Living Labyrinths for Peace – By Ron Kipling Williams
The symbolism of walking a path and then re-tracing one’s steps can be powerful when reflecting on how the past informs the present and future.
Subbasement Studios, one the most progressive art galleries in Baltimore, just finished hosting a unique installation called Living Labyrinths for Peace.
Adorning the studio walls are fabric and photo pieces and images of peacocks with superimposed images of nude figures, the symbol of peacock referring to transformation amongst Native American and other indigenous cultures. But the real star of the show is not on the walls, but rather the floor; a huge computer-controlled electronic labyrinth has been constructed there by artist Sandra Wasko-Flood.
Wasko-Flood, who has been a visual artist for the past 35 years, began this work in 1986. Her journey into the labyrinths began during her time spent at an Anasazi (ancient Native American tribe) cultural center in Chaco Canyon, New Mexico. The Anasazis were an advanced Indian culture that flourished before the European colonial invasion in the southwest region of the country (900 through 1130 A.D.).
“I was sitting in a great kiva , and saw figures coming out of walls,” said Wasko-Flood, who shared that over the last 4,000 years, labyrinths have been found in churches, manuscripts, on coins in baskets, and on stones. In the modern era, they have also been found in hospitals, parks, schools, prisons, and other places.
She went to a bookstore and purchased Labyrinths: Ancient Myths and Modern Uses by Sig Lonegren, who is known as one of the founders of the modern labyrinth movement. Wasko-Flood became an integral part of the movement in 1991, finding spiral designs wherever she toured. “Spiral designs are found everywhere in the universe, from DNA to the galaxies,” she said, “it is a major life form.”
Since that time, her work has shown in schools, churches, hospitals, parks, and over 50 galleries, museums, and exhibitions, including ones in Washington, DC, Moscow, and Buenos Aires.
Her newest work is “Dance of the Labyrinth,” an interactive installation of computer programmed light box images designed to be walked. It is a three-fold path of life, death, and rebirth, all encompassing transformational change.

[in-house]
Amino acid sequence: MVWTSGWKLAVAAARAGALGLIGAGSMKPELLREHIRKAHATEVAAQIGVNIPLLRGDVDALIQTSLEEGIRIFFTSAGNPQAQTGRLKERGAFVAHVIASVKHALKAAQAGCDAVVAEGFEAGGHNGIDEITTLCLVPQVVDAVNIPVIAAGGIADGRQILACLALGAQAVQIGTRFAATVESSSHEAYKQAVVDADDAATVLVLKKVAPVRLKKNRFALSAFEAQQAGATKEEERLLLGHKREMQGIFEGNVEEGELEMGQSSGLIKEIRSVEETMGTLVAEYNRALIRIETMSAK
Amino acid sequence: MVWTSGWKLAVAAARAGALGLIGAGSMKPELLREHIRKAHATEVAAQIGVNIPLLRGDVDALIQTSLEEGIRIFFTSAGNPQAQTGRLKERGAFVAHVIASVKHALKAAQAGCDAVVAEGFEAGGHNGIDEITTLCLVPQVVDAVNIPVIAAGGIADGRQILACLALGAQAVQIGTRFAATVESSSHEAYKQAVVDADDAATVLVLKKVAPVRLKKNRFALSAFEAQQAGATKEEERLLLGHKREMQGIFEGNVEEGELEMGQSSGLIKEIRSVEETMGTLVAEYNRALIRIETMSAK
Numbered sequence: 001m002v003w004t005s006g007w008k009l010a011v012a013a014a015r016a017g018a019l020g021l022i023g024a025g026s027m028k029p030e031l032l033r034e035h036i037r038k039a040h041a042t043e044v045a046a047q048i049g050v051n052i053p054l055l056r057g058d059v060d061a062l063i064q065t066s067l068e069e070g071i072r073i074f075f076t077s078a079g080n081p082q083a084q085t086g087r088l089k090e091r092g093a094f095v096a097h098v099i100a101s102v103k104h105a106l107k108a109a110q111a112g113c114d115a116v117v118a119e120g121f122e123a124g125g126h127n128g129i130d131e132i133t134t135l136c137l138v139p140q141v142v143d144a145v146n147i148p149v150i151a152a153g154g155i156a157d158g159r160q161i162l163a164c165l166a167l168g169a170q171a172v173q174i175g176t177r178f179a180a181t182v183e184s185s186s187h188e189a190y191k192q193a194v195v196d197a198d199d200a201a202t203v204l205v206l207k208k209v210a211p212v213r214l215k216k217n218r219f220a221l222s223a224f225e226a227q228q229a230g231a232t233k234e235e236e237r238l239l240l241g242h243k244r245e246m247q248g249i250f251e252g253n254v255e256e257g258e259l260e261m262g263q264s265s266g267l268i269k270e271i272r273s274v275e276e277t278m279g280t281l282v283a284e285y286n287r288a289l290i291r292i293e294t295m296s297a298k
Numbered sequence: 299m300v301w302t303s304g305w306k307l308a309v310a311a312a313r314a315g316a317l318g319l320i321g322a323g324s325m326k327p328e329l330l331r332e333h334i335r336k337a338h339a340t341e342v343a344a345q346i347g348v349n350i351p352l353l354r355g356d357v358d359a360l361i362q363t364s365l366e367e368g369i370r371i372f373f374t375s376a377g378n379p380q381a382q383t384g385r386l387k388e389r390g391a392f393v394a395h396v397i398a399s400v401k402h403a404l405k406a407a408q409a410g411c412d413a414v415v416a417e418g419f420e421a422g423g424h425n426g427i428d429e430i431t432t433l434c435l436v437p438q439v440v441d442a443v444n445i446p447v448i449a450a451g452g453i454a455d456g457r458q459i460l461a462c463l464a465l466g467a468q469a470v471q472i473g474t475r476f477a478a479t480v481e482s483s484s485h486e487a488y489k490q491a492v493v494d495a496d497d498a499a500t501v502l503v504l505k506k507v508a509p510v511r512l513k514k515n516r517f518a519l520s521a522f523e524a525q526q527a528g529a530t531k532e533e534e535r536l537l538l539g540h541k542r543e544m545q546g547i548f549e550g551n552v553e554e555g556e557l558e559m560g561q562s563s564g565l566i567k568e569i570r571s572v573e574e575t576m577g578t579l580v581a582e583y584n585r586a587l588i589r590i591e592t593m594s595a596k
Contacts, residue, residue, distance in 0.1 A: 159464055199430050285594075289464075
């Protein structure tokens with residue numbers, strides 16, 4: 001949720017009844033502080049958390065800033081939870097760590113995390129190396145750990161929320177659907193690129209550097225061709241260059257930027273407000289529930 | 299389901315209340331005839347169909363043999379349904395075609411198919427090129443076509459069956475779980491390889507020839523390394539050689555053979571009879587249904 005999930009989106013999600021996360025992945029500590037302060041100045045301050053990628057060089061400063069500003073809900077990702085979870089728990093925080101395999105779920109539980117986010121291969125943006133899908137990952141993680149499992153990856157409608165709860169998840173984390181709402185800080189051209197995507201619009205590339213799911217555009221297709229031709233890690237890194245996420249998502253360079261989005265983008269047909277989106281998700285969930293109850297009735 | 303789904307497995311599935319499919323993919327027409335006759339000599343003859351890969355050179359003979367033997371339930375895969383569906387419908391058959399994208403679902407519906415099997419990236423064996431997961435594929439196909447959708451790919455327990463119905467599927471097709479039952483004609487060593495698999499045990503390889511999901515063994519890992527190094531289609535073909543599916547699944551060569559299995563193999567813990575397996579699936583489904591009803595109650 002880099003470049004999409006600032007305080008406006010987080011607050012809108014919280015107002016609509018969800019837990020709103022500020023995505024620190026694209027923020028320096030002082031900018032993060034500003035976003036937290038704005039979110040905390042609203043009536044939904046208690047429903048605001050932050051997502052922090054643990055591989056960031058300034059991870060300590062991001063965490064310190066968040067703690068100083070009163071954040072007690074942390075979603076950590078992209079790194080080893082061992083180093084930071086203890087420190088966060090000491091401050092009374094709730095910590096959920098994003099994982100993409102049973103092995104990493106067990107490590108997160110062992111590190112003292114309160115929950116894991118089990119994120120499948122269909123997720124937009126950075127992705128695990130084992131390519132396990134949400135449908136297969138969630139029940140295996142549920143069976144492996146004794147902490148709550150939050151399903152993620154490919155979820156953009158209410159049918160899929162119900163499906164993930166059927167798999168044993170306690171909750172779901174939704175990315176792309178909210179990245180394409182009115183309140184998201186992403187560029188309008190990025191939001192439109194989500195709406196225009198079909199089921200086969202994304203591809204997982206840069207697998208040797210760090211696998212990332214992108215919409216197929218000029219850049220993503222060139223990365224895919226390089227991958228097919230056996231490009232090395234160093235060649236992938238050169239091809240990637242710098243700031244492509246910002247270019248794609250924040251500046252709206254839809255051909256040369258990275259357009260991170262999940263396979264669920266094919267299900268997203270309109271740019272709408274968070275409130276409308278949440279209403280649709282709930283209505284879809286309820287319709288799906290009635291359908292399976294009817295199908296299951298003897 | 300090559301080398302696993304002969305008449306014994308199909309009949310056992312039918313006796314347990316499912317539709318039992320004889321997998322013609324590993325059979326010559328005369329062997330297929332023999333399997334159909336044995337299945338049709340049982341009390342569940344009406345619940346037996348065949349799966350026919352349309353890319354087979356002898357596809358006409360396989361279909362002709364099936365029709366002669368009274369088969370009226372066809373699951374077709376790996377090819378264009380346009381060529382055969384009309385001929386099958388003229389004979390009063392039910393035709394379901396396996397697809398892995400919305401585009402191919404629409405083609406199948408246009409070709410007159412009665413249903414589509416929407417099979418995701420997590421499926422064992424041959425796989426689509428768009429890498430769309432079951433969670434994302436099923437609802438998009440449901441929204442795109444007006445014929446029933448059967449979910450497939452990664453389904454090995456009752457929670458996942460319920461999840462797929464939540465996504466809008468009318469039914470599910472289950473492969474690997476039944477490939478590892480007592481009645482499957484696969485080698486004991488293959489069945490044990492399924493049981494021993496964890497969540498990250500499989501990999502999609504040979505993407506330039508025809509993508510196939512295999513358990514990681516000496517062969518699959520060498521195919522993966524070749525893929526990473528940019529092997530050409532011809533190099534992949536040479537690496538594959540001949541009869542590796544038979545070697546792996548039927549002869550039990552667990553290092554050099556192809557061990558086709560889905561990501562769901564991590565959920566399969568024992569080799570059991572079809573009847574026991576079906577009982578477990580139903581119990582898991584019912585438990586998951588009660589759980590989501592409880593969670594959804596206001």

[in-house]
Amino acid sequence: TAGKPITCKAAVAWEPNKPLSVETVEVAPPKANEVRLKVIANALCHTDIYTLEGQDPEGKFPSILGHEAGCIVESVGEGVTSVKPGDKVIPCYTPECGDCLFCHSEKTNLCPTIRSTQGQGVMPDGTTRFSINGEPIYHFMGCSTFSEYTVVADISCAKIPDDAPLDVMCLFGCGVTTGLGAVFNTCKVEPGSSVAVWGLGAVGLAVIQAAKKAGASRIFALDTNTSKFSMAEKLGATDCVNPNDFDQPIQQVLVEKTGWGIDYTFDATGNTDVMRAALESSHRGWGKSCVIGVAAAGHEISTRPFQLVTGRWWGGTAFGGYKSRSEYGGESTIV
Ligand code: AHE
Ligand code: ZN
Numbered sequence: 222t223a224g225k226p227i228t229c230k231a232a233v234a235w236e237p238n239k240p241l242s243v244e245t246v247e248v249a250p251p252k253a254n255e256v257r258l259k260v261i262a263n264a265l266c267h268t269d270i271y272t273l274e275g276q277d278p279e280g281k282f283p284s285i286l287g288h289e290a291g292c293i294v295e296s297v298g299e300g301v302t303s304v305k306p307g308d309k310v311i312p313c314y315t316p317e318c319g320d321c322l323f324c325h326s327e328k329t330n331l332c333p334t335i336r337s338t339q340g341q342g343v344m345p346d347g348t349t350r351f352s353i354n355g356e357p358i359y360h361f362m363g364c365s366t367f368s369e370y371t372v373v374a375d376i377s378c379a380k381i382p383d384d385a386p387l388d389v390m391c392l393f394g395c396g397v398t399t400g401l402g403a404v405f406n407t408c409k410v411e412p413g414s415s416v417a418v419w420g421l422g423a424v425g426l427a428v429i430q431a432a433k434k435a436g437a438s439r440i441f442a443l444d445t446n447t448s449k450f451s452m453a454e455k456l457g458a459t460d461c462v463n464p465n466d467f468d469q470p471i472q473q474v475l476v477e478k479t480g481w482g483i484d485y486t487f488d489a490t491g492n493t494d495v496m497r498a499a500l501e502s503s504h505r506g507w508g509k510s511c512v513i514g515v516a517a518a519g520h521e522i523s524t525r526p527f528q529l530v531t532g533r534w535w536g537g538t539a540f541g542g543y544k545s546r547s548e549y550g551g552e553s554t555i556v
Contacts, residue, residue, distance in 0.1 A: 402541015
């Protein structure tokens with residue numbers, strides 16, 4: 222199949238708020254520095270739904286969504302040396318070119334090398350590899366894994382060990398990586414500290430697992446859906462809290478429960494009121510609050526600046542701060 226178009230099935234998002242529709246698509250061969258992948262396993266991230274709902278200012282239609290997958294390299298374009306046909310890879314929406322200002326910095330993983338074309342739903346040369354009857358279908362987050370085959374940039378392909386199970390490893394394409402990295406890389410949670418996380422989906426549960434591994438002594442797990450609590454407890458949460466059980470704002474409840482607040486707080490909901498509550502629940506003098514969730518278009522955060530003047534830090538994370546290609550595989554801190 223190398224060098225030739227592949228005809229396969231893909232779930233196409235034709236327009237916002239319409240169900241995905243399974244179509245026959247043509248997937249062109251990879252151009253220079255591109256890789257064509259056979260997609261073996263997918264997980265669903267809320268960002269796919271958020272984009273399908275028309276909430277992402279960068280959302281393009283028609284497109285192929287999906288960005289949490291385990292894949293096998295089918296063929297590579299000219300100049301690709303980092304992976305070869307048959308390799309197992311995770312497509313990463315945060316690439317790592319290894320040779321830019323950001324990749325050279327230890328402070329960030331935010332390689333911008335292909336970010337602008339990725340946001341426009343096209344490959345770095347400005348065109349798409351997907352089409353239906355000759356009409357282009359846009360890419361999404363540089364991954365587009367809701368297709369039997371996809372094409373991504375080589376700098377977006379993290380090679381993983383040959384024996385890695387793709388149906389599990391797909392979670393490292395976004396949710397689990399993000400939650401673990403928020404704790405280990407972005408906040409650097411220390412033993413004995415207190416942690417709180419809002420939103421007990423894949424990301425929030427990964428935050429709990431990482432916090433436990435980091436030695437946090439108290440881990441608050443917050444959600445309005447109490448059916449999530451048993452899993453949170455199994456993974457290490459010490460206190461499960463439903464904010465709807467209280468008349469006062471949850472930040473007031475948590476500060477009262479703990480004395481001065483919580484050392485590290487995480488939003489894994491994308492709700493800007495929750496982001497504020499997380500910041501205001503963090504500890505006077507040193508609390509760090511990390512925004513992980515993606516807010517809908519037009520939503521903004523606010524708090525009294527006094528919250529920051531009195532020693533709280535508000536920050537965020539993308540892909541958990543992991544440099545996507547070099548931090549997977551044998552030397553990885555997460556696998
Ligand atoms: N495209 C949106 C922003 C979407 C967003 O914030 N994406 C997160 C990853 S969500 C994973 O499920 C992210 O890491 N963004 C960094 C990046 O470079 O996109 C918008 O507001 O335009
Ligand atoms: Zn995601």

A labyrinth is different from a maze, which is designed to confuse the traveler. Labyrinths, on the other hand, are simple, with three common designs: Classic 7-Circuit Labyrinth, Concentric Labyrinth, and Chartres Labyrinth, all with only one path that leads to the center and back. Labyrinths are intended to create the effects of slowing the breathing, focusing the mind, and creating a peaceful state within each participant. The symbolism of walking a path and then re-tracing one’s steps can be powerful when reflecting on how the past informs the present and future.
Before one enters the labyrinth, she must remove her shoes and focus on her meditation, a wish to resolve a conflict, or any other internal work. “Listen with your heart and your mind,” said Wasko-Flood.
The responses to the experience walking the labyrinth vary from person to person. However, peace, power, and mystery are recurring themes. “People are walking away feeling more empowered and at peace, feeling awe and mystery – a powerful tool,” said Wasko-Flood.
Upon returning to Washington, DC from New Mexico, Wasko-Flood began working with students in local schools in the visual arts, teaching them how to create labyrinths. In 1998 she helped found the International Labyrinth Society in St. Louis. Through the International Labyrinth Society, Wasko-Flood orchestrated a walking demonstration of a labyrinth for peace on the east lawn of the US Capitol building.
In 2005 she created Living Labyrinths for Peace, Inc. The group creates interactive labyrinths using art, science, technology, and nature in the interest of developing programs for learning to foster peace. They promote labyrinth-walking to enhance inner as well as global peace.
Working in schools in the Baltimore-Washington Metropolitan area, Wasko-Flood wants to create permanent labyrinth programs into their system. “I want to get the youth to think of specific peace ideas and try to relate them to school values,” said Wasko-Flood.
Deeply embedded in the labyrinth movement for almost twenty years now, Wasko-Flood believes labyrinths possess something for everyone. “It is a spiritual tool that relates to all races, cultures, disciplines, and institutions,” said Wasko-Flood. “There is a spirit in there that unites everything.”